Date: October 29, 2012 | Styling: Diane Carroll |
At Home in Arkansas: Your home is so pulled together, which hints at years of careful editing and accessorizing. We have to know: new build, or renovation?
Melissa Haynes: It’s a new build in Fayetteville’s Clear Creek neighborhood, but I love that you thought it might have been a renovation. One of the things that was really important to me in designing this house was to draw from the classics—French influence, Mediterranean design, British architecture—and create a house that was timeless and would age gracefully.
It would appear that you succeeded. How did you arrive at a classically inspired look that still feels fresh and fun?
I wanted it to be cool, light and airy. Adding height was a good way to accomplish that. The doors are nine-foot-tall French doors, which is something that you’d see in a home that was built a century ago. With the layout, we wanted there to be a flow, but not this newer conception of super-open spaces. Instead, we went for a series of smaller rooms and vignettes that flowed and worked off of each other. In older homes, you get that sort of purposeful appeal.
Was it difficult to achieve that feeling of “flow” when working with a more traditional floorplan? How did you ensure the design would carry over from room to room?
Rooms flow a lot better when they aren’t broken up by bold colors on the wall. We used off-white, grays and blues throughout the house; in the formal spaces we used a warmer cream, and in the more casual living spaces, an alabaster. In the bedrooms, however, we went with something a little more saturated. I think a bedroom can stand on its own, since you want to be enveloped in a soothing color that will stimulate your mood. In rooms that you’re constantly walking through, you want neutrals that will blend together seamlessly.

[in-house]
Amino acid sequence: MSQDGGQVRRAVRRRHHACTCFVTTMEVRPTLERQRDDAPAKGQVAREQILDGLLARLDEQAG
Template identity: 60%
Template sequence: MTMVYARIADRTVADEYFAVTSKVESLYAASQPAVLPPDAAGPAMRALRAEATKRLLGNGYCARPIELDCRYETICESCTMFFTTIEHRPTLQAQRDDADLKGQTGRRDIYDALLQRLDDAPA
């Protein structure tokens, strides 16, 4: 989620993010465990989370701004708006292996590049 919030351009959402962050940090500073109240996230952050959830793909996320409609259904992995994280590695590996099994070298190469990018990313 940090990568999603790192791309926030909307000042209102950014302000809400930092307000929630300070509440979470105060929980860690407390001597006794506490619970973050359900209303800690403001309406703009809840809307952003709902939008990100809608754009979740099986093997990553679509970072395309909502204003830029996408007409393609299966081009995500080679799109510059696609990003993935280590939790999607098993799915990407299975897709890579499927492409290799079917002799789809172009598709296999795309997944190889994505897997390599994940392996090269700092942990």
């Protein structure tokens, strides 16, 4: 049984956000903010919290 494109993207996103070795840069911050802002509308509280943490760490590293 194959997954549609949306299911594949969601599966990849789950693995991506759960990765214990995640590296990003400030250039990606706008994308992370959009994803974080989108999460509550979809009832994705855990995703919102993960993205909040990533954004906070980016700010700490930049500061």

Even though you’ve used a lot of soft colors, your rooms pop with personality. Any tips for how readers can add a bit of their own personality to their spaces?
Character comes out in layers of pattern, color and texture. Some people might go more neutral if they are a little more reserved, and others might go full-on color. Either way, to make it work, it’s important to keep a mix in mind: modern with antiques, patterns with textures, neutrals with bolder colors. There’s a magical combination of these elements that can speak to your personality. Similarly, when you walk through a space, you should see your special things: an heirloom, a piece of art, something that reminds you of a moment with your family. Getting a collected look instead of that “back the truck up and deliver the furniture” feel is always what you want to achieve. You should relate to the things that are going into your home, period.
We couldn’t help but notice the interesting textural vignettes you created on the floor.